If you’re a foodie, you might be interested to know if you’re a supertaster. Super tasters experience more intense flavors when they eat because they have an increased amount of taste receptors on their tongues. You can see how many taste receptors you have by using food dye and counting them. Or, if you’re old enough to drink, swirling wine around your tongue will also increase their visibility. You might also take note of how you experience certain flavors (although that’s not a sure-fire test). Only 25% of people in the world are supertasters, but you could be one of them!
[Edit]Using Blue Food Dye
Place 3 to 4 drops of blue food coloring onto your tongue. Swirl the dye onto your tongue a little to make sure it coats the entire top of your tongue. The food dye will help the small bumps (papillae) stand out from the surface of your tongue.
You can also use green food dye—just avoid using red or pink, as it’s too close to the color of your tongue.
If you don’t have any food dye (and if you’re of legal drinking age), swirl red wine in your mouth. Red wine contains acids and sugars that stimulate the taste receptors on your tongue.
Put a hole-punch reinforcement sticker onto your tongue. Stick out your tongue and place the hole-punch sticker on the top of your tongue toward the front. Since your tongue is wet, it may not stick, but place it on the top and tilt your head so it stays in place.
If you don’t have a hole-punch reinforcement sticker, cut a piece of lined paper into a small strip that includes 1 hole punch. Lay that on the front area of your tongue instead.
Use a magnifying glass and a flashlight to see the papillae better. Lean into a mirror and shine a flashlight onto your tongue. Position the magnifying glass at an angle between your face and the mirror where you can see your tongue reflected in the mirror.
If you don’t have a magnifying glass, you can also use a magnifying mirror.
Count the number of bumps inside the circular sticker. Hold your tongue very still and count how many bumps you see inside the circular sticker. Regular tasters have about 15 to 30, but if you have more than 30, you’re a supertaster!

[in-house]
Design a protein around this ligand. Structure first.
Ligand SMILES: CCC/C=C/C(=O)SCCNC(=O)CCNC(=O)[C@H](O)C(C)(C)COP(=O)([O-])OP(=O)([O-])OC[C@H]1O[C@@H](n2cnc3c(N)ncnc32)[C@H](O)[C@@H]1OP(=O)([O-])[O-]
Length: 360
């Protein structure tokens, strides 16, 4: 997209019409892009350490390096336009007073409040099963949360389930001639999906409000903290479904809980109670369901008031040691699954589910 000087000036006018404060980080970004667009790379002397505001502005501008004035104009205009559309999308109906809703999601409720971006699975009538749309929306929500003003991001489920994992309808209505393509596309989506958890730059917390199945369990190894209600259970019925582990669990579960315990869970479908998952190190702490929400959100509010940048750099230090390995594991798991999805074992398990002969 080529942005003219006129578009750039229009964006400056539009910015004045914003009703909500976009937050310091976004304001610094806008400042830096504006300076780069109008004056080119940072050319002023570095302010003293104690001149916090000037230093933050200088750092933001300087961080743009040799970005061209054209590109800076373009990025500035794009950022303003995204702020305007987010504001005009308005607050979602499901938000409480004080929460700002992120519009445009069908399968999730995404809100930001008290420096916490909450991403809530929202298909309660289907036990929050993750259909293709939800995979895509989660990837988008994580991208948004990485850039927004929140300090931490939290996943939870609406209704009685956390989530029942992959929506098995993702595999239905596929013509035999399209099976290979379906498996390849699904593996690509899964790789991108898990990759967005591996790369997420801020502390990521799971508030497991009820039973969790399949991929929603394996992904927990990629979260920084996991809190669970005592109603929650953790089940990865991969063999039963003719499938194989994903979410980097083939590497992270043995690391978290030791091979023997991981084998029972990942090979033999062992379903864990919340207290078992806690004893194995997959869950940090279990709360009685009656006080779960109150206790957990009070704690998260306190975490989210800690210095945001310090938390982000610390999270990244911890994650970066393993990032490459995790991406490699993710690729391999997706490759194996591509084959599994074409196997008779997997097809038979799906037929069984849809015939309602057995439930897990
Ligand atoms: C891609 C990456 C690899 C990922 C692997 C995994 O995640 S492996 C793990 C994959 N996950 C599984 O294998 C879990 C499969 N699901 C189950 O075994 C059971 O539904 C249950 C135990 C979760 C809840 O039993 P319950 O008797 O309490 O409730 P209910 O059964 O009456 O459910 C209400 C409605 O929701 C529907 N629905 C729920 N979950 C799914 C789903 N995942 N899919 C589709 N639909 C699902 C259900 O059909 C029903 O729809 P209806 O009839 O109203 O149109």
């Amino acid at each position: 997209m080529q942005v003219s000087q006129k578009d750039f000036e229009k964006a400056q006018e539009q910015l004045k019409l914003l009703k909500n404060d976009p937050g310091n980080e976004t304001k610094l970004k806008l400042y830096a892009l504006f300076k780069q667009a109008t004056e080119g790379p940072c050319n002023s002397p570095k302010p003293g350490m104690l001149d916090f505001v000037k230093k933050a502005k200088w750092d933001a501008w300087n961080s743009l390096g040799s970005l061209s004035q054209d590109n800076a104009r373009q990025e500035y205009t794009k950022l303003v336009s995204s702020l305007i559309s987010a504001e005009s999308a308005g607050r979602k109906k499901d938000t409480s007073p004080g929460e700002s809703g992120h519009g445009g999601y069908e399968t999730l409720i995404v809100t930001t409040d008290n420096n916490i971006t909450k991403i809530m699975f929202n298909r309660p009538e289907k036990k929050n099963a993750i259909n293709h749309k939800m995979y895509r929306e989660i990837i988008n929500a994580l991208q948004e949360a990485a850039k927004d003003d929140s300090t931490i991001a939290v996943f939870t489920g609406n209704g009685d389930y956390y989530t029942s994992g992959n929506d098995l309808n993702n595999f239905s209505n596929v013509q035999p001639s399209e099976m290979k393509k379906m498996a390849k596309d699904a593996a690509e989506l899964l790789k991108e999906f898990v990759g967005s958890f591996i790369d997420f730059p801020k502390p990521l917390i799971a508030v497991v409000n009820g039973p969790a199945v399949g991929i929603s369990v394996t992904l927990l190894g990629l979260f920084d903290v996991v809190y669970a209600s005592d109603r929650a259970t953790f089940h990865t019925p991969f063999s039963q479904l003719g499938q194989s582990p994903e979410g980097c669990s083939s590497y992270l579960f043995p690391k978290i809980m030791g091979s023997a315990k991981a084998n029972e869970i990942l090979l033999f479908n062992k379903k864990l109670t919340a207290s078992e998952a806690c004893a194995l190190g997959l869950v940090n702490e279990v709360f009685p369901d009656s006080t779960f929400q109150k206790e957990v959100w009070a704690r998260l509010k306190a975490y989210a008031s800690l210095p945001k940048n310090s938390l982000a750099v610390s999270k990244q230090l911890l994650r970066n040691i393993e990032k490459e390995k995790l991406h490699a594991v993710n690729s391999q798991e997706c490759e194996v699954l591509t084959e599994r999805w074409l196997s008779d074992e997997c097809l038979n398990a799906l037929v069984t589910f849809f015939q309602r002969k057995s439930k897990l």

If you have a friend, family member, or roommate around, ask them to help you count the bumps or double-check your tally.
If you’re using a strip of paper and red wine, place it on your tongue toward the back (where you see larger lumps). If you have more than 8 lumps, you’re a supertaster.[Edit]Tasting Foods and Drinks
Notice if you tend to avoid naturally bitter foods and drinks. Bitterness is detected at the back of the tongue, where large lumps of papillae are located. Supertasters have lots of these lumps, causing bitterness to be exacerbated. If you avoid these foods because they taste so bitter to the point of disgust, you could be a supertaster. Some of the naturally bitter foods supertasters avoid are:
Non-sweetened alcoholic beverages (like gin and tonics)
Beer (IPAs, bitter pale-ales)
Eat green vegetables to see if they taste sour. Spinach, broccoli, brussels sprouts, kale, and collard greens can taste overly bitter and off-putting to supertasters. If you purposefully avoid these foods for that reason, you might be a supertaster.
Keep in mind that if you avoid these foods just because you don’t like them, that doesn’t make you a supertaster.
Eat the greens raw or cooked with little to no oil and seasoning to let the natural flavor of each vegetable come through.
Try spicy foods and note how you react. Since supertasters experience flavors more intensely than regular tasters, spicy peppers will be extremely spicy—even to the point of pain. That’s because supertasters also have more pain receptors on the tongue (in addition to more papillae).
If you avoid jalapeno peppers, serrano peppers, tabasco peppers, cayenne, or hot sauce because you experienced pain, that could be a sign that you’re a supertaster.
If you like the burn of spicy foods, you might still be a supertaster—you’ve just conditioned yourself to like the sensation.
Eat cilantro to see if it tastes soapy. For normal tasters, cilantro tastes fresh and citrusy. But if you’re a supertaster, it might taste soapy or metallic. Eat fresh-picked cilantro leaves or dried cilantro to see how you respond.
Some supertasters think cilantro tastes bitter as well.
Notice if you perceive foods to be over-seasoned on a regular basis. If you regularly find yourself judging food as too salty, too peppery, or too heavy on the spices, you might have more taste receptors on your tongue than the average eater. It may seem like you’re just a picky eater, when really, you could be a supertaster!
However, this isn’t a sure-fire sign because it could be that you just like lightly-seasoned foods.[Edit]Tips
Don’t assume that supertasters are “better” or enjoy eating food more than the average taster.
Sometimes, strong reactions to certain tastes might be a sign of sensory processing disorder, a condition that is more common in childhood but can last into adult years. It affects how you perceive sensory input.[Edit]Warnings
Brush your teeth as soon as possible after doing the test with blue food dye. Food dyes will stain your teeth for about 2 hours without brushing.[Edit]Things You’ll Need
[Edit]Using Blue Food Dye
Blue food dye
Hole punch reinforcement stickers
Mirror (or a friend to count for you)
Lined notebook paper (optional)
Red wine (optional)[Edit]Tasting Foods and Drinks
Bitter foods and drinks: coffee, dark chocolate, non-sweetened alcoholic beverages, beer (IPA)
Green vegetables: spinach, broccoli, brussels sprouts, kale, and collard greens
Spicy foods: jalapeno peppers, serrano peppers, tabasco peppers, cayenne, or hot sauce
Cilantro (fresh or dried)[Edit]References↑ https://youtu.be/pe5y_ouzBaM?t=107